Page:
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Responsible Safari Guiding Initiative – Masai Mara, Kenya

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Tribal Voice’s Manny and Cheryl Mvula are currently in Kenya working on safari guiding and poverty alleviation initiatives. Over the last 2 days we have delivered two guide training workshops in the Masai Mara aimed at improving the safari guides’ game viewing etiquette. This is the second such training event that we have undertaken in the Mara to capture some of those guides that missed out on the previous popular training that we conducted last year with 50 resident Mara Triangle guides and 50 from private operators at Kenya Wildlife Service’s HQ in Nairobi. There are several irresponsible guiding practices in Kenya that are impacting negatively on wildlife, habitat and the communities that live in wildlife areas. Key issues and areas of concern include the crowding of wildlife, approaching too close, off-road driving, the relentless pursuing of animals displaying avoidance tactics and indeed, sadly, an infectious tendency of over-dependency by guides on the Big 5 and the resultant use of radios to communicate such sightings, all in the name of tourism and to give clients a good time.

The use of radios on drives has shown to be one of the main reasons propagating the lack of initiative and use of guiding skills in some guides. This in some situations has resulted in congestion at sightings hence attracting the attention of the Mara Conservancy’s Anti-Harassment Unit’s Cheetah 1, 2 & 3 vehicles sometimes ending up in friction and a unprecedented build up of tension between the Mara Conservancy and some of the guides. Impacts resulting from this behaviour are a decline in key wildlife species, including lion and cheetah, as their natural feeding and breeding behaviour is being severely disturbed. The conservancy however report that there has been a significant change in attitude of guides in the triangle at cat sightings where whether in the presence of Cheetah patrol vehicles or not have maintained the minimum approach distances and vehicle numbers at a sighting. This in itself is a great sign In Amboseli, for example, cheetahs are finding it increasingly difficult to hunt during the day due to the numbers of tour operator and lodge vehicles crowding them, at times up to 30 vehicles at a sighting. This has led to a decline in cheetah numbers. In Tsavo National Park, most lion cubs starve to death as tourist vehicles are disturbing their parents’ breeding and ambush hunting strategies.

Tribal Voice worked in collaboration with the Mara Conservancy in delivering this year’s workshops, which shared with 40 guides in the Mara Triangle photographs of tourist vehicles carrying out these irresponsible practices and discussing with them the reasons why. Reasons given by the drivers were the belief that tracking down the big cats meant bigger tips from tourists, the fact that there are many untrained guides operating in Kenya as there is no compulsory safari guiding qualification that guides need to have to take tourists on game drives in Kenya’s protected areas, ‘client pressure’ to find them cats, irresponsible marketing by some tour operators whose brochures show vehicles very close to animals or that guarantee Big 5 sightings, lack of management support when they behave responsibly and turn down client requests to move ever closer to animals and then client’s complaining that they couldn’t get the photograph they wanted, and finally a lack of control by the drivers themselves of the game drives.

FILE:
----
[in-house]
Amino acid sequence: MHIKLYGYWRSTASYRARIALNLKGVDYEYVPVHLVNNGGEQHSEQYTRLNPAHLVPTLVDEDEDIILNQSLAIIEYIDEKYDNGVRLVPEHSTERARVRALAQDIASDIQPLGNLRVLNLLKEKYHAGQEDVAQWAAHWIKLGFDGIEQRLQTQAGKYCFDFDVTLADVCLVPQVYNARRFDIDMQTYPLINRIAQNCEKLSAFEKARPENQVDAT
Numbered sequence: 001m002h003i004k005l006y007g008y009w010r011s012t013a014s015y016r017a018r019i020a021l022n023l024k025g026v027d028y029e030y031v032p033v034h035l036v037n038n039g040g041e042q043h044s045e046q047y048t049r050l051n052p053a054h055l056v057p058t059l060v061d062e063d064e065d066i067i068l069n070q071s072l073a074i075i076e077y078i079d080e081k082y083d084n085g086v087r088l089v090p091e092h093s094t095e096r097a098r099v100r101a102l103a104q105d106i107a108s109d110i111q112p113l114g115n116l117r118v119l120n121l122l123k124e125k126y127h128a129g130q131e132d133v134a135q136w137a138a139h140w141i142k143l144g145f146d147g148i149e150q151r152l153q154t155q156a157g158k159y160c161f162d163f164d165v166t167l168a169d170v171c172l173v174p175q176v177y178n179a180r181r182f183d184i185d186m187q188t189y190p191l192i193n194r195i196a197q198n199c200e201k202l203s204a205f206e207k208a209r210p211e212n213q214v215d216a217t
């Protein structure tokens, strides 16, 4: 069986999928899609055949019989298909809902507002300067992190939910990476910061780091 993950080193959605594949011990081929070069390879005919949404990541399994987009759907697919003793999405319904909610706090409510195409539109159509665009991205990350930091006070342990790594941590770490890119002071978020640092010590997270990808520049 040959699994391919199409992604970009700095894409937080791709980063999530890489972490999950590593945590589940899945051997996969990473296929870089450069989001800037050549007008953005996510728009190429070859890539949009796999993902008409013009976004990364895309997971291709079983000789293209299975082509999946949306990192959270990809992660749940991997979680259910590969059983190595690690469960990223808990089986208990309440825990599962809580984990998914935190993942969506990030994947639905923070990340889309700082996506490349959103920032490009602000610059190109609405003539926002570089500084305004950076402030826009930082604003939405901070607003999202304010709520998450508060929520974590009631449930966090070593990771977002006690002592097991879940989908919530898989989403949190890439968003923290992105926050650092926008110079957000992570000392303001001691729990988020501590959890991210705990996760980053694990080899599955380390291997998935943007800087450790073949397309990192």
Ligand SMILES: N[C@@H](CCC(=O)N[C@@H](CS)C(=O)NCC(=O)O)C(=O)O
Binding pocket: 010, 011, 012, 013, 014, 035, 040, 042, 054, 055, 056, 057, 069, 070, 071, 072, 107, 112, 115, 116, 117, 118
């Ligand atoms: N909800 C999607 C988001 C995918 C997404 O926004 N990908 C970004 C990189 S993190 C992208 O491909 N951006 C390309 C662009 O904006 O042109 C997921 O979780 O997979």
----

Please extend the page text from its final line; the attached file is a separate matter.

The workshops equipped the guides with knowledge of how to bring the smaller things in the bush to life thereby reducing their dependency on the Big 5, how to conduct effective client briefings so that they set the game drive up in a responsible way from the very start thereby helping clients have realistic expectations of their safari and hence reducing the pressure on them to deliver what they can only do in an irresponsible fashion, and finally gave the guides a checklist to enable them to self-assess their own performance in relation to conducting responsible game drives and hence take responsibility for their own self-development in this area.

The first workshop held at &Beyond’s Kichwa Tembo Tented Camp was very well attended and supported by &Beyond and Mpata Safari Club guides reflecting these companies’ commitment to Responsible Tourism. The second workshop held at Mara Serena Hotel got off to a very shaky start with few guides from Serena turning up for the training. Tribal Voice and the Mara Conservancy hence rallied the management of Serena and urged them to take their responsibility to support such guide training events seriously and hence after a later than planned start to the workshop, and a very late finish, 9 guides from the lodge successfully completed their training.

A key outcome of the workshops was that the guides and lodges in attendance agreed (some reluctantly!) that the use of radios to announce to all and sundry big cat and rhino sightings was the one issue that was responsible for many of the problems in the Mara. The new Senior Warden hence agreed that a new park rule would be introduced banning the use of radios in the park except for in emergency situations. So a very rewarding 2 days!

For further information on TVC’s Kenya responsible guiding initiative click here.


One thought on “Responsible Safari Guiding Initiative – Masai Mara, Kenya

  1. Fantastic news about the radios – well done!

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